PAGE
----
Page 10 of 19
A Walk Through Hilton in the 1930s, continued
Walking across the stubble in winter, you would put up flocks of finches, linnets and sparrows which would be feeding on the corn left behind by the binder. They would also feed on weed seed and insects. The modern combine harvester is so much more efficient in gathering the corn than the old binder that there is very little left for the birds and the land is drenched with herbicides and insecticides that many species of wild flower have gone. This means less butterflies and although much reduced, we do have quite a few species of birds due in many instances to people feeding them in their gardens.
In the 1930’s, yellowhammers were common, also corn buntings, linnets and finches. Plovers were resident all year and nested both in pastures and arable land. Barn owls would be hunting every evening, often on The Green. In some cornfields you could find wild pansy, antirrhinum, scarlet pimpernel, cornflower scabisus and corn marigold. There is hope that with the Government’s farming for wildlife that many species could return.
Over winter’s job that I did enjoy, was hedge cutting. Some of the hawthorn hedges bordering pasture fields would be allowed to grow to their full height to give shelter to the livestock, others would kept down to about five feet and the sides would be trimmed. This would be done with a hedge hook and my job was to burn the trimming. Any trees which were growing out of the top of the hedge would be left to produce mature hedgerow trees. Hedge cutting today is done by machine and the tops are all kept to a uniform height and unless there is a change in farming methods, there will be no hedgerow trees.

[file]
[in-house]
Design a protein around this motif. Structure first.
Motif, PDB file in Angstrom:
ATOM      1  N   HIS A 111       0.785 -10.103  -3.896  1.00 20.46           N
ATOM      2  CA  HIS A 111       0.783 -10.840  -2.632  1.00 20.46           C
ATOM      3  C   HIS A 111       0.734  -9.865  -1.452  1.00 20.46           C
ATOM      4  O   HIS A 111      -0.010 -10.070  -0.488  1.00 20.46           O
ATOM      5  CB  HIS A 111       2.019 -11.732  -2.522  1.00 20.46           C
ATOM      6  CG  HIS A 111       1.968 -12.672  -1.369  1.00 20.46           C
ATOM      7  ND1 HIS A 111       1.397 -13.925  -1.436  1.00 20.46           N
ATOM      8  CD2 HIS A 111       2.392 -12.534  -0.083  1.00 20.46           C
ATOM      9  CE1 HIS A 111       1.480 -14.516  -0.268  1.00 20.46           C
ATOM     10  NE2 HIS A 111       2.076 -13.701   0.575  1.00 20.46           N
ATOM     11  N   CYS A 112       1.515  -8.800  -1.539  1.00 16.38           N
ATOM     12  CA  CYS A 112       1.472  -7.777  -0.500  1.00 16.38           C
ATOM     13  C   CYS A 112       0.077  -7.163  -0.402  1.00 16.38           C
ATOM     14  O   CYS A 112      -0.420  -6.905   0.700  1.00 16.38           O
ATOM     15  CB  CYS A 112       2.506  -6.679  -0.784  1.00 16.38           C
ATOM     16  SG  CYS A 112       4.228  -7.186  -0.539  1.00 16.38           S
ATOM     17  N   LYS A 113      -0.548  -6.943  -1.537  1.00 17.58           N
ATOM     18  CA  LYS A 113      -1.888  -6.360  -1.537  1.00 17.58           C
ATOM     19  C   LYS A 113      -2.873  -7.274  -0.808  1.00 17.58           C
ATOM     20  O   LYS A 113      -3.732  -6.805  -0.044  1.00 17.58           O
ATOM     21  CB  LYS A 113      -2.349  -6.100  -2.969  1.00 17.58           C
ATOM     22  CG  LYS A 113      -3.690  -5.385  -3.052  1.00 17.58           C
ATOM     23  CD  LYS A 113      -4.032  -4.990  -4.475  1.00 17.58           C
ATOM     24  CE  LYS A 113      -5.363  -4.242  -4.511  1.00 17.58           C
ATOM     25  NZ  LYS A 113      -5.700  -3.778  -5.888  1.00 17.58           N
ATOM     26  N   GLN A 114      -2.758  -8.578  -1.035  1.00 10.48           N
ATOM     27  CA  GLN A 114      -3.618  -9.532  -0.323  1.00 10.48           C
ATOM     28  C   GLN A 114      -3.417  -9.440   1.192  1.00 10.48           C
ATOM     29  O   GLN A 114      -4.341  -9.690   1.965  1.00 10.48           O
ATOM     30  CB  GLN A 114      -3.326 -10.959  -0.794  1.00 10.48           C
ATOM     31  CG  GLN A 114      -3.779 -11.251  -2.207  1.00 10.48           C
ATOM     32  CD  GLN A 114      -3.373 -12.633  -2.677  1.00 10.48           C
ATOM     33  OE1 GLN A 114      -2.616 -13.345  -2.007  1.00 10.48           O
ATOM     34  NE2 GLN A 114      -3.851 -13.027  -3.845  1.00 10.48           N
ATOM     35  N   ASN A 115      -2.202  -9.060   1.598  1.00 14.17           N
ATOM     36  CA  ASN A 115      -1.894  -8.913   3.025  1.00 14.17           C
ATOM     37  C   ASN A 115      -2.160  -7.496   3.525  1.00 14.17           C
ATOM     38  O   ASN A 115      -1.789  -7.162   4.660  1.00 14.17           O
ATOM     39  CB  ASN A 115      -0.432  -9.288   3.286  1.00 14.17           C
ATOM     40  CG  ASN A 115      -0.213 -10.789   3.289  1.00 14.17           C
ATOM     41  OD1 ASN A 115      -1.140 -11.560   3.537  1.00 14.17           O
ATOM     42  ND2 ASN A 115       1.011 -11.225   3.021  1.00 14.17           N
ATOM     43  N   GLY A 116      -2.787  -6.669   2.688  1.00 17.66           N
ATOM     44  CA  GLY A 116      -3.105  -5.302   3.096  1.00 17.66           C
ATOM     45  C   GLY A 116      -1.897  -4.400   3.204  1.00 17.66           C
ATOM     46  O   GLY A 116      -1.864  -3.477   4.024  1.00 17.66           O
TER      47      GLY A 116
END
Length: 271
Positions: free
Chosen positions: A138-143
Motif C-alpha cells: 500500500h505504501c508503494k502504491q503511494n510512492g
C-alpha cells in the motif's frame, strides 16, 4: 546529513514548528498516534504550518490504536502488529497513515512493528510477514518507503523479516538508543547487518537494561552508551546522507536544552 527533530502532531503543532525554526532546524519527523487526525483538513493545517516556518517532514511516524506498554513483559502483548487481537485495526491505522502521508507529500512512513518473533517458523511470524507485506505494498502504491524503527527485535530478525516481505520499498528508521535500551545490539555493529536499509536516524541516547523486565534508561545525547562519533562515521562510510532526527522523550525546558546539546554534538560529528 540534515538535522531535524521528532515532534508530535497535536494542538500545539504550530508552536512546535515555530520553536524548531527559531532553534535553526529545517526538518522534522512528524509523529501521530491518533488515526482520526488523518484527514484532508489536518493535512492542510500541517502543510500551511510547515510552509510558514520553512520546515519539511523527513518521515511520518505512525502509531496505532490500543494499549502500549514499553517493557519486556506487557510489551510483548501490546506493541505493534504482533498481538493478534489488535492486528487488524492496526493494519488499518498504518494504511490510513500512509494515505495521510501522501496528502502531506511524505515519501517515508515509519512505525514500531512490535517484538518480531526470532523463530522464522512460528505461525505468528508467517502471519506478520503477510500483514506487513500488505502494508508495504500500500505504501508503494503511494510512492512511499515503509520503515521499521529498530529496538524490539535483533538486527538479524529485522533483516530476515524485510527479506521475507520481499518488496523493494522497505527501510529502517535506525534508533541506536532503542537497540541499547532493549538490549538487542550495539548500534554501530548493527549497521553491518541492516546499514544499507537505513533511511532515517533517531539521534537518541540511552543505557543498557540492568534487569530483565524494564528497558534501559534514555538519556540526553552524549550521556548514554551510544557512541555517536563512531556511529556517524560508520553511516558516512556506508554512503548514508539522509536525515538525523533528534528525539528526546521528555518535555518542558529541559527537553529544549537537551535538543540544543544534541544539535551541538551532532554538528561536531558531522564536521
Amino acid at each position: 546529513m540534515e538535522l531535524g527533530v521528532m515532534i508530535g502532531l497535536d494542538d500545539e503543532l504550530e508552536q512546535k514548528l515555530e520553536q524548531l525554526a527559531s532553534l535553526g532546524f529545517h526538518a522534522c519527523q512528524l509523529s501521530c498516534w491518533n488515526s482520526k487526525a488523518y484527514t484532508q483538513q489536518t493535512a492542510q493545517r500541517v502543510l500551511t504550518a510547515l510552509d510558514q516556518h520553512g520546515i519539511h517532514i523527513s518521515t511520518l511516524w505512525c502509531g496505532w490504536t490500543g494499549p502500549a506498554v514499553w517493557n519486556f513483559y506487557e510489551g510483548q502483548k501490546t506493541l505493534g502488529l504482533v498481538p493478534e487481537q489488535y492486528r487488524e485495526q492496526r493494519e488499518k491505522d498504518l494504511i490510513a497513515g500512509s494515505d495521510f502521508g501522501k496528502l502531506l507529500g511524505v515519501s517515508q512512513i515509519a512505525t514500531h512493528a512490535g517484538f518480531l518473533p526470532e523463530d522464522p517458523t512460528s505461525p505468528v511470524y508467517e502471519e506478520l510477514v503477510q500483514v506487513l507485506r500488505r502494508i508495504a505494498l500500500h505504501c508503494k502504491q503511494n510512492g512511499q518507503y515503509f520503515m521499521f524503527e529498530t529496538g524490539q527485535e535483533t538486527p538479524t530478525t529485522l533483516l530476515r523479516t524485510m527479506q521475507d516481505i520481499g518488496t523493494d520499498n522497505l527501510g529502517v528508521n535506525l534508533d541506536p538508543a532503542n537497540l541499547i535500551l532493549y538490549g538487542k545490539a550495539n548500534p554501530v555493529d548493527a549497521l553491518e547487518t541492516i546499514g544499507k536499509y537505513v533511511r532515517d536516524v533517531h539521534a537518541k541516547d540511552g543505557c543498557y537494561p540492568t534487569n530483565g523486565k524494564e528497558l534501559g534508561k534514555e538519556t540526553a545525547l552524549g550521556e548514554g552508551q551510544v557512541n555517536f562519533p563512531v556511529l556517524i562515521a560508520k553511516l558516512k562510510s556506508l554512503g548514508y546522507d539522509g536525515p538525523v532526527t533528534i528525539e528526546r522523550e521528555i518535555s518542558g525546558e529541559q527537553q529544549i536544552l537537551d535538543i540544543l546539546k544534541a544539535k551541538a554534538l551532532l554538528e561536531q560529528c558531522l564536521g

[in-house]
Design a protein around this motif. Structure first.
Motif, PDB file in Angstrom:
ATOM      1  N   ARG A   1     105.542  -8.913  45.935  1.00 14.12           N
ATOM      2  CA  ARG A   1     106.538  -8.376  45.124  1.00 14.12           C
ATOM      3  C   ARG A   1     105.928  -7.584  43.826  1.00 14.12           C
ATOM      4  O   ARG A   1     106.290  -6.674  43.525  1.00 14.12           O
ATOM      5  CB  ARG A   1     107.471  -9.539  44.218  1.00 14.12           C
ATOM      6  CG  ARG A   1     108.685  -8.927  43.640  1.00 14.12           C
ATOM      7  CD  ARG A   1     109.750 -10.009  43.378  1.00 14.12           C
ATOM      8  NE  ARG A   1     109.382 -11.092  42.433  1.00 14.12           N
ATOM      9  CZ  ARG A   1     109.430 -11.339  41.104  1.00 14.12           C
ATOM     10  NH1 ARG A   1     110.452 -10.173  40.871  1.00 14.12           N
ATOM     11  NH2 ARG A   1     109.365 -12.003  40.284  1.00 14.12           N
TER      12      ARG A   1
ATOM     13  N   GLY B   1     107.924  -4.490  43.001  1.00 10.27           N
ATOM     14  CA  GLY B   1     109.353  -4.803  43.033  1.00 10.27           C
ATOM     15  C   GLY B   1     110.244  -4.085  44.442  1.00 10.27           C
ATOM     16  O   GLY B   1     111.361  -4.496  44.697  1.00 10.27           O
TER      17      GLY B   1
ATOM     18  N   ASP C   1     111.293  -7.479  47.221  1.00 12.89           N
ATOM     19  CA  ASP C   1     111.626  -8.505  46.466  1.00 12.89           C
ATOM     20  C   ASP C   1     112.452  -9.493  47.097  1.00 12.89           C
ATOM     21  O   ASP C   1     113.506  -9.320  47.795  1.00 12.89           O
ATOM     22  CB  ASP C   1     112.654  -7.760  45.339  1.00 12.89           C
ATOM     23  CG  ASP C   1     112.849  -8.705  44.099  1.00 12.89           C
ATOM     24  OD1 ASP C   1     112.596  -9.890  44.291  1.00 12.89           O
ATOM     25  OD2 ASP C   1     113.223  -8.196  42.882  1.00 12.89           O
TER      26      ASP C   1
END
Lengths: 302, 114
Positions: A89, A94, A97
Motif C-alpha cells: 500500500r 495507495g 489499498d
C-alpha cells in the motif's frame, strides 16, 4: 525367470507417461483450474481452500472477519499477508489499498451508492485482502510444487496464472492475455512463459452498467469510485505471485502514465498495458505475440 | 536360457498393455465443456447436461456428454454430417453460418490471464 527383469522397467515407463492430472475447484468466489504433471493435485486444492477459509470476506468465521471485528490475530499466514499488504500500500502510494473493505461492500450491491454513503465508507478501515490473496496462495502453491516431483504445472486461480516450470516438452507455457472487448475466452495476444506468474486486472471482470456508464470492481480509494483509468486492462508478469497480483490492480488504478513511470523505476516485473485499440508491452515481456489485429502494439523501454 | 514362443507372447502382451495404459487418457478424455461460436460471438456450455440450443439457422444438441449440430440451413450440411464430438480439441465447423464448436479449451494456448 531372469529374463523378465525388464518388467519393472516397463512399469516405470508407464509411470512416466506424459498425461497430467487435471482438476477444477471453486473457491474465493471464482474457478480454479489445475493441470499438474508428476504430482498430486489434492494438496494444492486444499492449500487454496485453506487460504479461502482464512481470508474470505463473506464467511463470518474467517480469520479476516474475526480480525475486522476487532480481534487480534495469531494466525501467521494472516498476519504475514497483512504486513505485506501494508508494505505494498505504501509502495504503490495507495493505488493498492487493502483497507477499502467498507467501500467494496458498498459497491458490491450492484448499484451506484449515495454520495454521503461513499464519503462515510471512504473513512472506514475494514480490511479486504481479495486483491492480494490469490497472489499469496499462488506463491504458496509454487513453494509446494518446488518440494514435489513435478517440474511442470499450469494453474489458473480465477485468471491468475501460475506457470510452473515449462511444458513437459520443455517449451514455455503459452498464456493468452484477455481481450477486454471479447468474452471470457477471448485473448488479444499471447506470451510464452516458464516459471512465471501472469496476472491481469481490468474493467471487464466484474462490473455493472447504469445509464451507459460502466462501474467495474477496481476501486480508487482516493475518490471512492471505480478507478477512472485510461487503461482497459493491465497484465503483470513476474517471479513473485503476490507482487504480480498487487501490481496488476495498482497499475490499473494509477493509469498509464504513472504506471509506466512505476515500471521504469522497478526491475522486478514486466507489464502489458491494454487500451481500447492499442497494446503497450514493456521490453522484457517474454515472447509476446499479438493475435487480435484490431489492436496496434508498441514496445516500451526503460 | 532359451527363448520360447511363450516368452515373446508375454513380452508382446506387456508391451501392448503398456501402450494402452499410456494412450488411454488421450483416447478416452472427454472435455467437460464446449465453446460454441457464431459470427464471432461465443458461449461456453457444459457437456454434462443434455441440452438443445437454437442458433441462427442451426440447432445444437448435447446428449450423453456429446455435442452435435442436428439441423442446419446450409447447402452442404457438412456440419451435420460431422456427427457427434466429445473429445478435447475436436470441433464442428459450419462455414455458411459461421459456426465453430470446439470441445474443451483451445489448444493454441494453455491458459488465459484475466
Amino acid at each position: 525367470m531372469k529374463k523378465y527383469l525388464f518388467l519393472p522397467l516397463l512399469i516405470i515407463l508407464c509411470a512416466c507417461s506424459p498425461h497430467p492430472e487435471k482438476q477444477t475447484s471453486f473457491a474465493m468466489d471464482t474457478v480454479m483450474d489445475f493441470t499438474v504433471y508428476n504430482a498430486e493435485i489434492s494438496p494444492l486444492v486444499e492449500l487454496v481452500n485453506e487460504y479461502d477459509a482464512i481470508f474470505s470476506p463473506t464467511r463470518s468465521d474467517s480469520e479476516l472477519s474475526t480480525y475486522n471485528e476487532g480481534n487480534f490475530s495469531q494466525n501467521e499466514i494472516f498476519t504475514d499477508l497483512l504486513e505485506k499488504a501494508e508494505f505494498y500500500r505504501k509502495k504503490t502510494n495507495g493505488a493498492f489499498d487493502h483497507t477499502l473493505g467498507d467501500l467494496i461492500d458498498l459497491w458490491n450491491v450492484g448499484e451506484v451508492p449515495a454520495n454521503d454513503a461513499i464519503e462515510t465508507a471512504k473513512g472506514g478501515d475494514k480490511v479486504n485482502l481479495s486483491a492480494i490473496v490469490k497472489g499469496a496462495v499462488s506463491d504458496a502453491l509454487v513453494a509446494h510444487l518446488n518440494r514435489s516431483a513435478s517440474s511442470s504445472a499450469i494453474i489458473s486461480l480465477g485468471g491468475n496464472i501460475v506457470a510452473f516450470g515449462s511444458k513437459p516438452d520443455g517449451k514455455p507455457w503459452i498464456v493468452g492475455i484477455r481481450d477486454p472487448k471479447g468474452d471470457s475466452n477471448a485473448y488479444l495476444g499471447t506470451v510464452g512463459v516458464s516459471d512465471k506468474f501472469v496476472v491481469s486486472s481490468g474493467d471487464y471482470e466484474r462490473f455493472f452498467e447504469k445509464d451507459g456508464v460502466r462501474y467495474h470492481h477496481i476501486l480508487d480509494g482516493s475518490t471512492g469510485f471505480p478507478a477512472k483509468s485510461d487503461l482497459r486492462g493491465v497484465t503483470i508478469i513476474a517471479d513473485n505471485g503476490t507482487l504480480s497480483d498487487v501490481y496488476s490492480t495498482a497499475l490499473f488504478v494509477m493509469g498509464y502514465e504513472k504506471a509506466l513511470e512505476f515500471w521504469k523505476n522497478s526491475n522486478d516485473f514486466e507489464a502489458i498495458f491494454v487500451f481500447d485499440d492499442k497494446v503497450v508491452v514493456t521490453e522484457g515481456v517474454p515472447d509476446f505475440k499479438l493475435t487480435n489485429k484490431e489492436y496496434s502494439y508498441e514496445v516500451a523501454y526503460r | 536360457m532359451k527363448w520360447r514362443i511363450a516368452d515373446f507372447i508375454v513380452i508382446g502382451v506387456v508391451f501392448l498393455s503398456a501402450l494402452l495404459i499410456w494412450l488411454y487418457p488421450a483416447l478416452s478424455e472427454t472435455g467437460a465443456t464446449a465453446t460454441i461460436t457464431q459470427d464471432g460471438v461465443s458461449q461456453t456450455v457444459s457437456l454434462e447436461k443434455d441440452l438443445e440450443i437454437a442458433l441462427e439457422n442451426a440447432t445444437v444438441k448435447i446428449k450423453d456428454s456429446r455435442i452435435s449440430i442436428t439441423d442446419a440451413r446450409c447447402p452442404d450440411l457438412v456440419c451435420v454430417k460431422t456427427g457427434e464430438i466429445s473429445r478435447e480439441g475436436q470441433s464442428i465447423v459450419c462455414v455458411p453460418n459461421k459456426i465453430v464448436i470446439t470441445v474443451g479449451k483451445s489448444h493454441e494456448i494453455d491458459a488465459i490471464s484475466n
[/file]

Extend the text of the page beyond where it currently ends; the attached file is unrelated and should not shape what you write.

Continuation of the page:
In cold weather I had to make sure that there was a good glowing fire at break times. We would either find a pronged piece of wood or split a piece of ash stick and put a pebble in to keep the split open, sharpen the two prongs and use them to toast our chunks of bread. No “toaster toast” can compare to toast toasted over an open fire!
Our mothers or wives, would pack our chunks of bread, a nub of butter and either a piece of cheese, bacon, pork chop etc, sometimes hard boiled eggs, also jam turnovers and pieces of homemade cake. When our lunches had been prepared, they would have been placed on a square of cloth, the corners would have been drawn up and knotted and the package would then have been put in a flacking basket, with a flask of tea. (A flacking basket was made from coarse raffia. It was about fourteen inches long, nine inches high and four inches wide, with a hinged lid. It had straps and was normally slung over one shoulder and carried on the back.)
All the drilling was done in the spring, there was no over wintering corn and oil seed rape was unheard of. It was a three man job to drill corn, one to lead the horses, one to steer the drill by walking along side it, holding a steering bar protruding from the side and the third man would walk behind to make sure that the seed corn trickled into the ground. The land would then be lightly harrowed and rolled. I have often led the horses at drill.